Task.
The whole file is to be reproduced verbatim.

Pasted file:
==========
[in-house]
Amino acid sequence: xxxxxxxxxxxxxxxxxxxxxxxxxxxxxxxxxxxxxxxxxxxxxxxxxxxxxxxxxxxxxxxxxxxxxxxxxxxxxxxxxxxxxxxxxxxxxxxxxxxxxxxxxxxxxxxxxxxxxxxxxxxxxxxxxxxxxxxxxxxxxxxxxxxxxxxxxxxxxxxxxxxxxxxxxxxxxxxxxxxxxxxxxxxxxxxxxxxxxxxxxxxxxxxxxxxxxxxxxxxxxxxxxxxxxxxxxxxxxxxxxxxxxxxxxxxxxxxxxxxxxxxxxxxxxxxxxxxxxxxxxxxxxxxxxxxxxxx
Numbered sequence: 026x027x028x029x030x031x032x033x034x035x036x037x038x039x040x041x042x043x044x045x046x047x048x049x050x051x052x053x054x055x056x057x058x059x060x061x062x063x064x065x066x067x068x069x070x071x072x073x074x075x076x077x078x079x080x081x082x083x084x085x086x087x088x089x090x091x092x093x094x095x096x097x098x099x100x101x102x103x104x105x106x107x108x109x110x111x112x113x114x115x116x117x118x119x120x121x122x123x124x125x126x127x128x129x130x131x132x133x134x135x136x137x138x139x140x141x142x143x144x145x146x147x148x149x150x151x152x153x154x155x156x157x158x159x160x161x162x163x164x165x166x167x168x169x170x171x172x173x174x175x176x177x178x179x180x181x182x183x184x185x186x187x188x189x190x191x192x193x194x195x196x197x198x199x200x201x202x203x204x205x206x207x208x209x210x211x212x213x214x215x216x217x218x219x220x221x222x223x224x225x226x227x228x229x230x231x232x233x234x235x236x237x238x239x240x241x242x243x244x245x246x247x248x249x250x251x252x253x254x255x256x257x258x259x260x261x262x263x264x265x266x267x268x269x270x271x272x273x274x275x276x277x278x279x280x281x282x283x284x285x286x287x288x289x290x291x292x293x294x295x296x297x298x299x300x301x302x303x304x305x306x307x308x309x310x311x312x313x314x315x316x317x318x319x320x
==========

[in-house]
Amino acid sequence: xxxxxxxxxxxxxxxxxxxxxxxxxxxxxxxxxxxxxxxxxxxxxxxxxxxxxxxxxxxxxxxxxxxxxxxxxxxxxxxxxxxxxxxxxxxxxxxxxxxxxxxxxxxxxxxxxxxxxxxxxxxxxxxxxxxxxxxxxxxxxxxxxxxxxxxxxxxxxxxxxxxxxxxxxxxxxxxxxxxxxxxxxxxxxxxxxxxxxxxxxxxxxxxxxxxxxxxxxxxxxxxxxxxxxxxxxxxxxxxxxxxxxxxxxxxxxxxxxxxxxxxxxxxxxxxxxxxxxxxxxxxxxxxxxxxxxxx
Numbered sequence: 026x027x028x029x030x031x032x033x034x035x036x037x038x039x040x041x042x043x044x045x046x047x048x049x050x051x052x053x054x055x056x057x058x059x060x061x062x063x064x065x066x067x068x069x070x071x072x073x074x075x076x077x078x079x080x081x082x083x084x085x086x087x088x089x090x091x092x093x094x095x096x097x098x099x100x101x102x103x104x105x106x107x108x109x110x111x112x113x114x115x116x117x118x119x120x121x122x123x124x125x126x127x128x129x130x131x132x133x134x135x136x137x138x139x140x141x142x143x144x145x146x147x148x149x150x151x152x153x154x155x156x157x158x159x160x161x162x163x164x165x166x167x168x169x170x171x172x173x174x175x176x177x178x179x180x181x182x183x184x185x186x187x188x189x190x191x192x193x194x195x196x197x198x199x200x201x202x203x204x205x206x207x208x209x210x211x212x213x214x215x216x217x218x219x220x221x222x223x224x225x226x227x228x229x230x231x232x233x234x235x236x237x238x239x240x241x242x243x244x245x246x247x248x249x250x251x252x253x254x255x256x257x258x259x260x261x262x263x264x265x266x267x268x269x270x271x272x273x274x275x276x277x278x279x280x281x282x283x284x285x286x287x288x289x290x291x292x293x294x295x296x297x298x299x300x301x302x303x304x305x306x307x308x309x310x311x312x313x314x315x316x317x318x319x320x